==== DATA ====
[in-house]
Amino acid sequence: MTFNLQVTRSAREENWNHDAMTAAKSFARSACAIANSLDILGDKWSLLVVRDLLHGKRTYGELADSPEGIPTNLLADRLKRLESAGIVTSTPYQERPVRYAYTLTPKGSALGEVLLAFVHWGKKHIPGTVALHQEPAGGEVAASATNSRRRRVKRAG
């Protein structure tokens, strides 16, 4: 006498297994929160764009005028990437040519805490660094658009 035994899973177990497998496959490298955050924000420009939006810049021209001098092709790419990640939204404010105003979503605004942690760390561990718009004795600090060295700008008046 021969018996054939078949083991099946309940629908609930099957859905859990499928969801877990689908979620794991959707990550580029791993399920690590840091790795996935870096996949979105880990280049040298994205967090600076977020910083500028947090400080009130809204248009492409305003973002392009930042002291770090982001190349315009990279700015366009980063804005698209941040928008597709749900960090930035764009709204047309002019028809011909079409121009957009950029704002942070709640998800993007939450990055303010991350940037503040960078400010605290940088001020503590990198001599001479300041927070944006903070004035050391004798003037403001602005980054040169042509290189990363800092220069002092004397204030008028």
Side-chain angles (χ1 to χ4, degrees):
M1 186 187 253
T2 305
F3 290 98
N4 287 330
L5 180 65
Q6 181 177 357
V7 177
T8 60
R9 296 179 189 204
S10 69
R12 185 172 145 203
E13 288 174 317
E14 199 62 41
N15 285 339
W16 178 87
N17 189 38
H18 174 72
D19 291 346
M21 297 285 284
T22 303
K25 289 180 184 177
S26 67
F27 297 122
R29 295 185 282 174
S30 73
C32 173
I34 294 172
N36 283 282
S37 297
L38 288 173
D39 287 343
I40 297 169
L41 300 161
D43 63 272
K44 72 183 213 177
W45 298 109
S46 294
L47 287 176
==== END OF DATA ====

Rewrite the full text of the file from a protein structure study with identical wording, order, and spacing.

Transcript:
[in-house]
Amino acid sequence: MTFNLQVTRSAREENWNHDAMTAAKSFARSACAIANSLDILGDKWSLLVVRDLLHGKRTYGELADSPEGIPTNLLADRLKRLESAGIVTSTPYQERPVRYAYTLTPKGSALGEVLLAFVHWGKKHIPGTVALHQEPAGGEVAASATNSRRRRVKRAG
């Protein structure tokens, strides 16, 4: 006498297994929160764009005028990437040519805490660094658009 035994899973177990497998496959490298955050924000420009939006810049021209001098092709790419990640939204404010105003979503605004942690760390561990718009004795600090060295700008008046 021969018996054939078949083991099946309940629908609930099957859905859990499928969801877990689908979620794991959707990550580029791993399920690590840091790795996935870096996949979105880990280049040298994205967090600076977020910083500028947090400080009130809204248009492409305003973002392009930042002291770090982001190349315009990279700015366009980063804005698209941040928008597709749900960090930035764009709204047309002019028809011909079409121009957009950029704002942070709640998800993007939450990055303010991350940037503040960078400010605290940088001020503590990198001599001479300041927070944006903070004035050391004798003037403001602005980054040169042509290189990363800092220069002092004397204030008028």
Side-chain angles (χ1 to χ4, degrees):
M1 186 187 253
T2 305
F3 290 98
N4 287 330
L5 180 65
Q6 181 177 357
V7 177
T8 60
R9 296 179 189 204
S10 69
R12 185 172 145 203
E13 288 174 317
E14 199 62 41
N15 285 339
W16 178 87
N17 189 38
H18 174 72
D19 291 346
M21 297 285 284
T22 303
K25 289 180 184 177
S26 67
F27 297 122
R29 295 185 282 174
S30 73
C32 173
I34 294 172
N36 283 282
S37 297
L38 288 173
D39 287 343
I40 297 169
L41 300 161
D43 63 272
K44 72 183 213 177
W45 298 109
S46 294
L47 287 176